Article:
(iii) an outer height in the range of one-quarter of from an inch to one inch,
(iv) an outer width in the range of one-quarter of from an inch to one inch, such that the ratio of said height to said width is in the range of from 5:1 to 1:5 and each of said hollow containers has dimensional parity,
(v) an inner fluid containing space having an inner height and an inner width and having dimensional parity,
(vi) an outer surface area contacting said first fluid, and
(vii) a base having a base surface area, said hollow containers collectively having a total base surface area equivalent to the sum of the surface areas of all of said hollow containers,
55% to 100% of said outer surface area of each of said hollow containers contacting said first fluid, said floor portion having a total surface area intermediate said hollow containers, the ratio of said total surface area of said floor portion to said total base surface area being in the range of from 1:3.5 to 10:1;
(c) a first heat-exchange composition in said inner space contacting each of said fluid tight containers and comprising a first liquid which undergoes a change of state from the liquid phase to the solid phase at a selected temperature of transformation less than fifteen degrees F, said selected temperature of transformation being lower than the coldest temperatures found in conventional household freezers;
(d) a second heat-exchange composition in each of said hollow containers comprising a frozen second liquid which undergoes a change of state from a liquid phase to a frozen solid phase at a temperature in the range of fifteen degrees to thirty-two degrees F, the ratio when said first and second liquid are each at room temperature of the total volume of the second liquid to the total volume of the first liquid being in the range of from 3:1 to 1:3, said second fluid having a freezing point that is higher than the freezing point of said first fluid;
(e) convection currents in said first fluid moving upwardly away from the exterior portion of the individual's body as the result of heat absorbed by said first liquid; and,
(f) turbulent flow in said first fluid intermediate said hollow fluid tight containers.
4. A cooled heat transfer device to draw heat away from and cool an exterior portion of the body of an individual, said heat transfer device comprising
(a) a pliable water impermeable outer wall
(i) circumscribing and enclosing an inner space,
(ii) to be positioned above the exterior portion of the body of the individual, said wall including
(iii) a first contact portion to contact and conform to the contour of the exterior portion of the body, and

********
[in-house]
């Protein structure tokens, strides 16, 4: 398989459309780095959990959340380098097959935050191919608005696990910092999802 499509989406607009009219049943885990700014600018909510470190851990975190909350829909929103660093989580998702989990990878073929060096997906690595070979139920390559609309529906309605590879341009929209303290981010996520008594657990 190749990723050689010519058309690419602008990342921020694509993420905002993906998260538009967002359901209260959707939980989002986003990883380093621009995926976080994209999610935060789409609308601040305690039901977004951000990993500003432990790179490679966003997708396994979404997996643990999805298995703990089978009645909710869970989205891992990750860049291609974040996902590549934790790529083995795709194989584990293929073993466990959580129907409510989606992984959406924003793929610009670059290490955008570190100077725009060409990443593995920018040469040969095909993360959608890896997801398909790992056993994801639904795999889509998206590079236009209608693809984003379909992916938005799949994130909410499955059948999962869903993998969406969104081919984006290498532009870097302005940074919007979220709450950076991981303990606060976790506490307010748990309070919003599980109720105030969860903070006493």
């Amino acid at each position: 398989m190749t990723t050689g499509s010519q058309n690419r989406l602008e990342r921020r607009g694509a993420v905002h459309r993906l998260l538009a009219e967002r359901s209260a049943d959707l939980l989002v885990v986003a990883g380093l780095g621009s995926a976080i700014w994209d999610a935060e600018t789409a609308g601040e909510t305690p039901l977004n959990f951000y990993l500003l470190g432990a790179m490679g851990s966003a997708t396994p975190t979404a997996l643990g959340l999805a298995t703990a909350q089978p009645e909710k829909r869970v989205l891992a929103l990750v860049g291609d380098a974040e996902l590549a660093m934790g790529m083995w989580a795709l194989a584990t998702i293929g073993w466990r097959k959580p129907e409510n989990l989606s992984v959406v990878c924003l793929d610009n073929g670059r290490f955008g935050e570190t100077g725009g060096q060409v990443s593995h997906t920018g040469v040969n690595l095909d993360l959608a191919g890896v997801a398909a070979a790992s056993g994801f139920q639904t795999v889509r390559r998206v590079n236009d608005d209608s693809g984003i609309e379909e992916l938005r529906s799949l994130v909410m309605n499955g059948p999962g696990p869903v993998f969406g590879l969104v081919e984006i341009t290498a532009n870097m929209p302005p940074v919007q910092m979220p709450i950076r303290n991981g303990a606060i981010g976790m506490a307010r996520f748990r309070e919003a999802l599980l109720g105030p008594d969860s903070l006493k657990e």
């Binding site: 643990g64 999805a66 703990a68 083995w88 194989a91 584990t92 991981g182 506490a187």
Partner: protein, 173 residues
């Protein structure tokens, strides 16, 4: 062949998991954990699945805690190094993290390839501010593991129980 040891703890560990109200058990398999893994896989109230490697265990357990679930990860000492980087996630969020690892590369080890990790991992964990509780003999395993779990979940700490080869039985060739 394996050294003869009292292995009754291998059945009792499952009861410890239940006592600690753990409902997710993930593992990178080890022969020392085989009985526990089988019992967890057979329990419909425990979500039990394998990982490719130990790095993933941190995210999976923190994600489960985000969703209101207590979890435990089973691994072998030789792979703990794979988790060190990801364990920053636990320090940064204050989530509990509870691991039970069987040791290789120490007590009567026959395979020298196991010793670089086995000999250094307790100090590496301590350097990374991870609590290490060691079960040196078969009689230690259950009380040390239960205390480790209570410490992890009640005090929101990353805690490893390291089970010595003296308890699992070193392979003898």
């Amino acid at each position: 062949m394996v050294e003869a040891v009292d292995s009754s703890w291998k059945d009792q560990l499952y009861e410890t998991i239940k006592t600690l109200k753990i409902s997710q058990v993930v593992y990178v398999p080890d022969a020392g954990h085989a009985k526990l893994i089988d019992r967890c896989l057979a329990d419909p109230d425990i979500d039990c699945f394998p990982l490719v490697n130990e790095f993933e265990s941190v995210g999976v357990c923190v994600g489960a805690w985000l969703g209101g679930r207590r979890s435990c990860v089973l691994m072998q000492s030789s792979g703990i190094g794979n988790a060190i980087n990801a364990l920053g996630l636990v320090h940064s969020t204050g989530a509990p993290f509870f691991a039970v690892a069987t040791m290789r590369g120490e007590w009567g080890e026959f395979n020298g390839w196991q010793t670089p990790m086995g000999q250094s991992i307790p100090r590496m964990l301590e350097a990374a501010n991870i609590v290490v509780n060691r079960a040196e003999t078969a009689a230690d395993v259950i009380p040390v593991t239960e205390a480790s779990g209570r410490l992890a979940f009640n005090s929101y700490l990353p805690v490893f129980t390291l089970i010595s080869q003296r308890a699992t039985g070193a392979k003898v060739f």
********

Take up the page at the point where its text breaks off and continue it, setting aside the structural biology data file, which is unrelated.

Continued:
(iv) a second floor portion;
(b) a plurality of spaced apart hollow fluid tight containers each permanently connected to a portion of said floor portion of said wall and extending from said wall into said inner space and toward said outer wall, each of said hollow containers including
(i) a pliable thin-walled top portion having a wall with a substantially uniform thickness of less than about two millimeters,
(ii) a thin-walled side having a substantially uniform thickness of less than about two millimeters and interconnecting said top portion and said floor and extending away from said floor at an angle in the range of from seventy-five to one-hundred and five degrees,
(iii) an outer height in the range of from one-quarter of an inch to one inch,
(iv) an outer width in the range of from one-quarter of an inch to one inch, such that the ratio of said height to said width is in the range of from 5:1 to 1:5 and each of said hollow containers has dimensional parity,
(v) an inner fluid containing space having an inner height and an inner width and having dimensional parity,
(vi) an outer surface area contacting said first fluid, and
(vii) a base having a base surface area, said hollow containers collectively having a total base surface area equivalent to the sum of the surface areas of all of said hollow containers,
55% to 100% of said outer surface area of each of said hollow containers contacting said first fluid, said floor portion having a total surface area intermediate said hollow containers, the ratio of said total surface area to said total base surface area of said floor portion being in the range of from 1:3.5 to 10:1;
(c) a first heat-exchange composition in said inner space contacting each of said fluid tight containers and comprising a first liquid which undergoes a change of state from the liquid phase to the solid phase at a selected temperature of transformation less than fifteen degrees F, said selected temperature of transformation being lower than the coldest temperatures found in conventional household freezers; and,
(d) a second heat-exchange composition in each of said hollow containers comprising a frozen second liquid which undergoes a change of state from a liquid phase to a frozen solid phase at a temperature in the range of from fifteen degrees to thirty-two degrees F, the ratio when said first and second liquids are each at room temperature of the total volume of the second liquid to the total volume of the first liquid being in the range of from 3:1 to 1:3, said second fluid having a freezing point that is higher than the freezing point of said first fluid.